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  5. sogoodtobe

    sogoodtobe New Member

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    Totally agreed, though I did experience some weird behaviours on my Vista. When using a USB wireless dongle, my laptop kept on re-installing it (thus creating a wireless adapter entry #xyz) each time I plugged that USB... but that wasn't really disturbing after all.
     
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  6. Bergizzle

    Bergizzle New Member

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    Okay, thx dudes. I'll try reinstalling the network adaptor.
    I've already disabled the LAN adaptor, because if I don't no internet can be found on the wireless eighter. The second I disable it, internet is back up

    "Trouble": I'm not excatly concerned about the name. Just the fact that it's the only way to know if I'm on a fresh start.

    "sogoodtobe": I'm positive that what you are talking about, with the dead-end routing, is the real problem :)
     
  7. Bergizzle

    Bergizzle New Member

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    Well, this is wierd.. When I plugged the cable in the router it worked without me reinstalling anything. So I guess time solved my problem. :p Just to be sure I also uninstalled the network driver from device manager..

    But hey, thanks again guys, it's nice to get a response from someone out there. Something you don't get so often these days.. Have a great day

    Regards Anders
     
  8. cybercore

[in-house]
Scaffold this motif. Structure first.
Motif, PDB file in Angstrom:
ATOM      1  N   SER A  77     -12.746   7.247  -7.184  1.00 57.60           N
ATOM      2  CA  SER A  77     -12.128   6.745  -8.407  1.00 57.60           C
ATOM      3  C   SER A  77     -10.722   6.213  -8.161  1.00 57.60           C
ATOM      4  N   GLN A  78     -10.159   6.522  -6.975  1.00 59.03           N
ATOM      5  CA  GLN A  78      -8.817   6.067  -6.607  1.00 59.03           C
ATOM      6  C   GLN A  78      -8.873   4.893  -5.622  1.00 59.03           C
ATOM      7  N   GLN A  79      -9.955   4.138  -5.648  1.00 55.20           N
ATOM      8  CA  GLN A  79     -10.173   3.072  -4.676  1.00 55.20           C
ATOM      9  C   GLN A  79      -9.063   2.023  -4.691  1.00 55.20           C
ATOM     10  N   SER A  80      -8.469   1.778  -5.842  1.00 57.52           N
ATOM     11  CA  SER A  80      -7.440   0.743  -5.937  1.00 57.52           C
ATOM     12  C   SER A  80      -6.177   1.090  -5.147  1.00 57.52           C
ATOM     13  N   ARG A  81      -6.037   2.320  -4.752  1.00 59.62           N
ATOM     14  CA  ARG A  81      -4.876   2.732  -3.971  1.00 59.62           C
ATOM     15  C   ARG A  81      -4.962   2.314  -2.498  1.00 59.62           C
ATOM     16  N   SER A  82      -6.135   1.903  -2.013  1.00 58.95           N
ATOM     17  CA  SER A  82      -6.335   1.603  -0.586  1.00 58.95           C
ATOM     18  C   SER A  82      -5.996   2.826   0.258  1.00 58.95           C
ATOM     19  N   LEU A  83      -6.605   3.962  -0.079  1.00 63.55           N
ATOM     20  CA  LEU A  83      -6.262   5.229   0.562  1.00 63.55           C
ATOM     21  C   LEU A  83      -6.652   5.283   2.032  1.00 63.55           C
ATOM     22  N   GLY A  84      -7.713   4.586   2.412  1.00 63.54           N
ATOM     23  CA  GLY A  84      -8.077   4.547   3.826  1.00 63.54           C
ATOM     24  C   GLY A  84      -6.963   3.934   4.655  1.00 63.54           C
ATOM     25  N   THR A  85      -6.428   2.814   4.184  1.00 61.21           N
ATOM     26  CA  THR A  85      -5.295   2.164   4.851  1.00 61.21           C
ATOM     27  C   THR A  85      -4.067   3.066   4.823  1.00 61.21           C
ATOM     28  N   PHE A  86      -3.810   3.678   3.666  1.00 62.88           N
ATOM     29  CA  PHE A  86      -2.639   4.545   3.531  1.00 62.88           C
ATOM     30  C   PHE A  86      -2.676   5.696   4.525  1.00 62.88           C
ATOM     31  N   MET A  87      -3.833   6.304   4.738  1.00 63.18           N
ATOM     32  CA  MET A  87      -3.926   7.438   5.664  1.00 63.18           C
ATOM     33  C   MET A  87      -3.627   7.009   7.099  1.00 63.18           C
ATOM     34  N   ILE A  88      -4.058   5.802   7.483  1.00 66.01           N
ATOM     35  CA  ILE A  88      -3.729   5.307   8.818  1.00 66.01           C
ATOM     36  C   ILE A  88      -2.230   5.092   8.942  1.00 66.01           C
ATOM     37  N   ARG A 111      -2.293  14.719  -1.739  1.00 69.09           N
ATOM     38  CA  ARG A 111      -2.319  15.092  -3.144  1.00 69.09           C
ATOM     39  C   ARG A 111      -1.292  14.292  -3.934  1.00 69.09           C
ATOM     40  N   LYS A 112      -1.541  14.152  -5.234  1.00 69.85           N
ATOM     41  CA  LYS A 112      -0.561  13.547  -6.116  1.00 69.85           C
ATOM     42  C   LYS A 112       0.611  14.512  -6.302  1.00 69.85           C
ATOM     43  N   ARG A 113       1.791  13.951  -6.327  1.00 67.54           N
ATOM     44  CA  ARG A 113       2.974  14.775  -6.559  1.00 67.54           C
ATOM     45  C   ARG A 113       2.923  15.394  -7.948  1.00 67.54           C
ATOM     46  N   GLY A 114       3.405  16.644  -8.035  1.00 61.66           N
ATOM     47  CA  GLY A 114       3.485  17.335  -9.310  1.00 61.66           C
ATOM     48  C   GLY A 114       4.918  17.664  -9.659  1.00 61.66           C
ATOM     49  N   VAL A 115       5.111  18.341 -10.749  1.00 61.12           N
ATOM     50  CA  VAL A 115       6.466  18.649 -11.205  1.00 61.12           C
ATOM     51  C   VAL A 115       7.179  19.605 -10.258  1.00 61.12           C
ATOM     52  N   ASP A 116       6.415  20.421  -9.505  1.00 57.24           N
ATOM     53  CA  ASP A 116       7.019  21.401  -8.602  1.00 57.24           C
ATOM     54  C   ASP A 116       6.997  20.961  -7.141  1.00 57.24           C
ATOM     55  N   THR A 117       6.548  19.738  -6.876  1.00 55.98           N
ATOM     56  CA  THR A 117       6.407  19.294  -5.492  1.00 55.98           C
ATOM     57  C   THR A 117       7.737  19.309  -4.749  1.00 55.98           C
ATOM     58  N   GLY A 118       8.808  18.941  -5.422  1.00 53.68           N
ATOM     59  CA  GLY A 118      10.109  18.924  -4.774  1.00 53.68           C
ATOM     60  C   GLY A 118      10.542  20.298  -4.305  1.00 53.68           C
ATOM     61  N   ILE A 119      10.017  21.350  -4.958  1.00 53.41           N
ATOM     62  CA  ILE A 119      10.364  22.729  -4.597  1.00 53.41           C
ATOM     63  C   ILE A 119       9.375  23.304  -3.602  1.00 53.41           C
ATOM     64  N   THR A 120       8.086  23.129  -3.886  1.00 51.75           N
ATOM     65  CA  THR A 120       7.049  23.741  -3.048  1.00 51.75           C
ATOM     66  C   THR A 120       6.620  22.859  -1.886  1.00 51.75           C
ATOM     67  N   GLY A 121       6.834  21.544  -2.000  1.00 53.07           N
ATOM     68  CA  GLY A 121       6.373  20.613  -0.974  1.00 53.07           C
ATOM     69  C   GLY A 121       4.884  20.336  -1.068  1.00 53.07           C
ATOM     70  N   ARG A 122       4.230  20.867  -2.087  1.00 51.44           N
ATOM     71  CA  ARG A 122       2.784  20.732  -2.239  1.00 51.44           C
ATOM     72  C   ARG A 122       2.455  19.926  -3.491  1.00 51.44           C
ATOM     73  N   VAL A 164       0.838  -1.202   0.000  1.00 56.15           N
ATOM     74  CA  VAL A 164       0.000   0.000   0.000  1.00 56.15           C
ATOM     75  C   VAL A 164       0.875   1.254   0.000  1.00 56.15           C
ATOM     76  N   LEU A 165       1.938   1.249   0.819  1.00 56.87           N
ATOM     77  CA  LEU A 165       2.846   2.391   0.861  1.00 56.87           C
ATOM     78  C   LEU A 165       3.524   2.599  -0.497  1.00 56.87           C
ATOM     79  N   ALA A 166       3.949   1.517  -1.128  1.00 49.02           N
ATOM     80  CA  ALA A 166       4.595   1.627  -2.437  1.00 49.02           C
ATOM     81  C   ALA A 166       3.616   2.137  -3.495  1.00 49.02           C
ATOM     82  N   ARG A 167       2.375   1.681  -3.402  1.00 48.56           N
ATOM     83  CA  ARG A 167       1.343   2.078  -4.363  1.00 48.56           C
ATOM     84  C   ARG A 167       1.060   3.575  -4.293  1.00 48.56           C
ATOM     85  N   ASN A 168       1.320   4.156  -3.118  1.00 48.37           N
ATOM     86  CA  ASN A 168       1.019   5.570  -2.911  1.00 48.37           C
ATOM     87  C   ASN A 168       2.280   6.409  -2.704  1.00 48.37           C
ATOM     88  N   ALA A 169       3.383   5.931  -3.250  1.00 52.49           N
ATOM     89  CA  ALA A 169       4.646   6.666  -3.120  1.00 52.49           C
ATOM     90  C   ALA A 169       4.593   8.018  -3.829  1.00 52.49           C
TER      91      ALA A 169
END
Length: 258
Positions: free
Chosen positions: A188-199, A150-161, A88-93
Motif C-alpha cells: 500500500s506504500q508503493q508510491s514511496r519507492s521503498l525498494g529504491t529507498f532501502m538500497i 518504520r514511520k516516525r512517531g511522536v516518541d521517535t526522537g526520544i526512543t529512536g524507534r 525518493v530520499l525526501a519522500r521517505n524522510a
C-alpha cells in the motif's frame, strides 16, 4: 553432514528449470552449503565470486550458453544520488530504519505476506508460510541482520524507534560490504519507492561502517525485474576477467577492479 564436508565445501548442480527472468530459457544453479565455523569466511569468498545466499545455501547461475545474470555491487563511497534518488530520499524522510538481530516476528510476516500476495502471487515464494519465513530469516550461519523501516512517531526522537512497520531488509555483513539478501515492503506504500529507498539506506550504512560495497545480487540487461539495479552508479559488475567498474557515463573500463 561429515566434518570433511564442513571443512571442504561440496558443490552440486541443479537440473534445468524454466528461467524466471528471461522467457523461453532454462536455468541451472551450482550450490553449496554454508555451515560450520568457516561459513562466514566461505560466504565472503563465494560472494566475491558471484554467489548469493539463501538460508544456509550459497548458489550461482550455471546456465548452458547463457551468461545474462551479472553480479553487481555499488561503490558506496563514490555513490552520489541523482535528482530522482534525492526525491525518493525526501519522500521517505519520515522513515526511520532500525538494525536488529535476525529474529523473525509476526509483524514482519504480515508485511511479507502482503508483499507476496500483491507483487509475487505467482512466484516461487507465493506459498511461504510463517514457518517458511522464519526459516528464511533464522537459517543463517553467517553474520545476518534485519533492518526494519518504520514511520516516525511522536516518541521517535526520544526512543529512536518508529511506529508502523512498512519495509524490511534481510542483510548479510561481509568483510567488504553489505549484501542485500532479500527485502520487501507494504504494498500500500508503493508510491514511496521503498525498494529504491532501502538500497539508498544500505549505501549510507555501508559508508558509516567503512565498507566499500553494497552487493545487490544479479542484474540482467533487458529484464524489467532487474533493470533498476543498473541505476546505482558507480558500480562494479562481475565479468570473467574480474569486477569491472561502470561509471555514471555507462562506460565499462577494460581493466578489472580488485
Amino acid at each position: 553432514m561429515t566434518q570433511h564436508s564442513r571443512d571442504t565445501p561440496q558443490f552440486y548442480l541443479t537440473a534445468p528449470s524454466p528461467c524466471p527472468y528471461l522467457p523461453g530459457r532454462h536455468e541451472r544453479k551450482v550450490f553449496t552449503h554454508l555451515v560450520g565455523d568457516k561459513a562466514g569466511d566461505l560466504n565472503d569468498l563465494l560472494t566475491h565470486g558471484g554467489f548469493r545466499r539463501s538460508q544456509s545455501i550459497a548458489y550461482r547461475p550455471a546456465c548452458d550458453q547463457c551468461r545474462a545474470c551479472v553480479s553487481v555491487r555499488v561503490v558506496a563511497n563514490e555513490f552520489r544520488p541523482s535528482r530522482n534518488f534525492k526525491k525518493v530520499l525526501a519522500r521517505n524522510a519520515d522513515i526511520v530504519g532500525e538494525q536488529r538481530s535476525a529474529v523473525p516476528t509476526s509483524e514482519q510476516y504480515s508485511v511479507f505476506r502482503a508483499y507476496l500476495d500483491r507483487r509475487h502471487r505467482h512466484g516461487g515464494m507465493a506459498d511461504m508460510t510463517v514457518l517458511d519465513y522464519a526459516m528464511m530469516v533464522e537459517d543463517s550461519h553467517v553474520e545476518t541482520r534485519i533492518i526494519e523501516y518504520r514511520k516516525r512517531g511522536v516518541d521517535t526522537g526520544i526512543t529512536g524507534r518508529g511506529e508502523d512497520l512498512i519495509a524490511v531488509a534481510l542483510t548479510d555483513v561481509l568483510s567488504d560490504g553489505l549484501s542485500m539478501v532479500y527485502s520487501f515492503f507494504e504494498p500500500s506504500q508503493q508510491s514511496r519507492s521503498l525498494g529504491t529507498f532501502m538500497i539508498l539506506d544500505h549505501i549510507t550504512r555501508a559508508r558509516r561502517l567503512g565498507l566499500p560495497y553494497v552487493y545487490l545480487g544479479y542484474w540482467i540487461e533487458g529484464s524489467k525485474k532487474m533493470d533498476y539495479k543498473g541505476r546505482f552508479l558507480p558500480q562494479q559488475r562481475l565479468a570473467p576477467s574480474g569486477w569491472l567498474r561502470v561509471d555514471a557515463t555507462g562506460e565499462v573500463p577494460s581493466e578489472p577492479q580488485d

cybercore New Member

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    You can rename your networks:

    Control Panel > Network and Internet > Network and Sharing Center > Click on your network and type in a different name.



    ~~~~~~~~

    I'm not sure if this is your case exactly, but some applications can have their services start and configure network prior to windows services, as in case with Adobe > Bonjour service. If you know what they are, it can be worth setting such services to Automatic (Delayed Start).

    I once set up a local network and later several times I noticed it change to network 2, 3, 4, 5 for some odd reason. No malware was detected, it was the same network automatically renamed a few times. When it stopped changing names, I simply clicked on it and renamed it. So far so good.

    ~~~~~~~~


    So if this is the same network, then you may want to rename it. If it keeps changing names, then it must be a 3rd party software service doing it. If you have networks that you didn't create, then it can also be due to a software setting up those networks.

    A scan for viruses and malware is a good thing to do, just in case.